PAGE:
Contract Tracing Scams and How to Avoid Them.
Written by Kristen Schmutz
Belden Communications News
Shameka L. Walker, an attorney at the FTC, warns consumers of Contact Tracing scams as America is slowly opening its doors once again, after months of stay-at-home orders are being lifted across the country.
As an important part of the road to recovery, Contact Tracers from state health departments are trained to track anyone who may have been exposed to the virus. As we’ve seen before, some scammers are pretending to be contact tracers, to make a profit from all the confusion.
These scammers are after your money and/or Identity.
Walker explains that there is a way to tell the difference between a real contact tracer and a scammer.
A contact tracer might get in touch with individuals, to discuss results of a test you know you took, or because someone you’ve been in contact with tested positive. Depending on how your state has set up its program, legitimate contact tracers may call, email, text, or visit your home to collect information. They may ask you for:
- your name and address
- health information
- the names of places and people you have visited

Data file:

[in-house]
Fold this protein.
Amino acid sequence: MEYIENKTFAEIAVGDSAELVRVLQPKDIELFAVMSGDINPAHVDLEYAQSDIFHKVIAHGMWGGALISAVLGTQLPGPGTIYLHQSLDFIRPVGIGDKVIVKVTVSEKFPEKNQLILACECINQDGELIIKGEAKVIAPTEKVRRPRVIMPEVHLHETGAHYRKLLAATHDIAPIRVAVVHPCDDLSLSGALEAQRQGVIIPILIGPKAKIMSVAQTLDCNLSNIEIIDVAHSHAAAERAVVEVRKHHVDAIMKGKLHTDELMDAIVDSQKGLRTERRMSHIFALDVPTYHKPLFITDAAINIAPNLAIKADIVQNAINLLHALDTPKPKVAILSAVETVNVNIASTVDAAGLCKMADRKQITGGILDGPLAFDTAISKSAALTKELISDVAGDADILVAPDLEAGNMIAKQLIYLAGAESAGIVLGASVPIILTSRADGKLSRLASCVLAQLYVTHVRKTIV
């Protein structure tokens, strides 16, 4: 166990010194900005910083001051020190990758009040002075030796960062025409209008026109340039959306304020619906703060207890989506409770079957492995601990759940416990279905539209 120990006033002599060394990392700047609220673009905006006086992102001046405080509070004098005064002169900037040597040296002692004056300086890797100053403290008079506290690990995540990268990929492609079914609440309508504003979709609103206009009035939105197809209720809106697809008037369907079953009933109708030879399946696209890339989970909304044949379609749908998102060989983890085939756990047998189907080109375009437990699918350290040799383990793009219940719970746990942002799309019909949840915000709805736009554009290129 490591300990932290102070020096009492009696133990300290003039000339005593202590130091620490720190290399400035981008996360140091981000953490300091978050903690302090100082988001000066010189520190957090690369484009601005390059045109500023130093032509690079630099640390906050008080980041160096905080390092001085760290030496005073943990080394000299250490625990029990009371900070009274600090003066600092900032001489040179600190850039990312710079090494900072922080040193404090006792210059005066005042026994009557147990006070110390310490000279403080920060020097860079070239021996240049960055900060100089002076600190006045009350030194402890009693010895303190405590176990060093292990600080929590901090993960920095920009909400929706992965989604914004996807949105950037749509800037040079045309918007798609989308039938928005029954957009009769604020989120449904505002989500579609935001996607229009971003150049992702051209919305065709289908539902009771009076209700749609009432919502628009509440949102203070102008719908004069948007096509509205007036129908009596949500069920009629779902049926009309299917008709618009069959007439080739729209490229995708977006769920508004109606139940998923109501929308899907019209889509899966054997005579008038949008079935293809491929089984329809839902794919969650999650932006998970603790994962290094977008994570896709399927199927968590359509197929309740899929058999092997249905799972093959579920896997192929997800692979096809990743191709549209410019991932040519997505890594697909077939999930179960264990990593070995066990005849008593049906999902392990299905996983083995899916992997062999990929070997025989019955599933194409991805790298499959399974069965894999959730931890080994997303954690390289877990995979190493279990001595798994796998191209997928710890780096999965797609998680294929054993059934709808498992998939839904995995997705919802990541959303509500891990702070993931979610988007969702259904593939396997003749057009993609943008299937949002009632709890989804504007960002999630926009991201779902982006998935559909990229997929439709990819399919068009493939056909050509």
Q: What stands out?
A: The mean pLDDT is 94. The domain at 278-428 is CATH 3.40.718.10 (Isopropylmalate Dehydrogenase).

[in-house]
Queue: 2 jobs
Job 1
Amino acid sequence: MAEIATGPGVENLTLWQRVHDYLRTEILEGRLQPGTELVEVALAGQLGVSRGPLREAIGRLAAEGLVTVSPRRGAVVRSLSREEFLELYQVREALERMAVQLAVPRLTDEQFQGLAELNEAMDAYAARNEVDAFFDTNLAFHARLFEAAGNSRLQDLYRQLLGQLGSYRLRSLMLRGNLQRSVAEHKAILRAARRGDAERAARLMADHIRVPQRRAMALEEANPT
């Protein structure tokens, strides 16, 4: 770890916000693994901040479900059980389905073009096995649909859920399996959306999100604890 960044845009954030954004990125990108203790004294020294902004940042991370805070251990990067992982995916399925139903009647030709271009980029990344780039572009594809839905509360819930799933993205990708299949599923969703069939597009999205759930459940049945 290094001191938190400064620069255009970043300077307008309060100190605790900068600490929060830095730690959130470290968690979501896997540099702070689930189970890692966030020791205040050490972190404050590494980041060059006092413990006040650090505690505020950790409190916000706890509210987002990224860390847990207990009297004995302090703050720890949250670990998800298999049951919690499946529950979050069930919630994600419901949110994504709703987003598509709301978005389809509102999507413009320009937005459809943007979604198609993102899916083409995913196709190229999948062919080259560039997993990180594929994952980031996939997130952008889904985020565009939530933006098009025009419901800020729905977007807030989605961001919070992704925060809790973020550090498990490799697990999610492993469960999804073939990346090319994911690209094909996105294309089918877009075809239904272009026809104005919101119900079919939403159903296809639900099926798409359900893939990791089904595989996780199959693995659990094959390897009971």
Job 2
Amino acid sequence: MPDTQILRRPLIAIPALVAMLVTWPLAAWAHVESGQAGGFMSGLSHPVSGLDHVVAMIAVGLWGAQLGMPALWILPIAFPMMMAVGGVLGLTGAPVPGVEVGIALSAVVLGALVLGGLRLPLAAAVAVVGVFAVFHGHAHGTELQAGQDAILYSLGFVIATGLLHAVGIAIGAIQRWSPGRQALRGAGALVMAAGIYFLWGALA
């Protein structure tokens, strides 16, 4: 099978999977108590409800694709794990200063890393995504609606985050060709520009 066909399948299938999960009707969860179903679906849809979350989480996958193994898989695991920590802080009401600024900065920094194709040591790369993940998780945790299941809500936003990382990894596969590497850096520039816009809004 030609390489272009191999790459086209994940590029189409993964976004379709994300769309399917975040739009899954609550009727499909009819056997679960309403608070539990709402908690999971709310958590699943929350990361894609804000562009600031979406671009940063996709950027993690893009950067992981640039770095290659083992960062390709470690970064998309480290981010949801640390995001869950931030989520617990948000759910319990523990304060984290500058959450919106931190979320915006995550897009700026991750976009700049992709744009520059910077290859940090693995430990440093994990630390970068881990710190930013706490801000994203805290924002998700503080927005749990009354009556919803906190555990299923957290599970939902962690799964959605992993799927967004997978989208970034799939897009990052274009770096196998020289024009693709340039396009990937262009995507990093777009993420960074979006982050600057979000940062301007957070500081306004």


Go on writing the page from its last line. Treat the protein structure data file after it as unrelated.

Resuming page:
Scammers will ask you to do more. Here are some things to do to protect yourself from fake contact tracers:
- Don’t pay a contact tracer. Anyone who says you need to pay is a scammer, plain and simple.
- Don’t give your Social Security number or financial information. There’s no reason for a legit contact tracer to need your Social Security number, bank account, or credit card number.
- Don’t share your immigration status. Legit contact tracers don’t need — and won’t ask for — this information.
- Don’t click on links or download anything sent from a contact tracer. Real tracers will only send you texts or emails that say they’ll be calling you — not ask you to click or download anything.
If you find yourself dealing with a fake contact tracer see if they have a way to make sure the person contacting, you are a real contact tracer. Otherwise, hang up, close the door, or don’t respond to, click on, or download anything that may be in an email or text.
Report fake contact tracers to your state and tell the FTC about it at FTC.gov/complaint.
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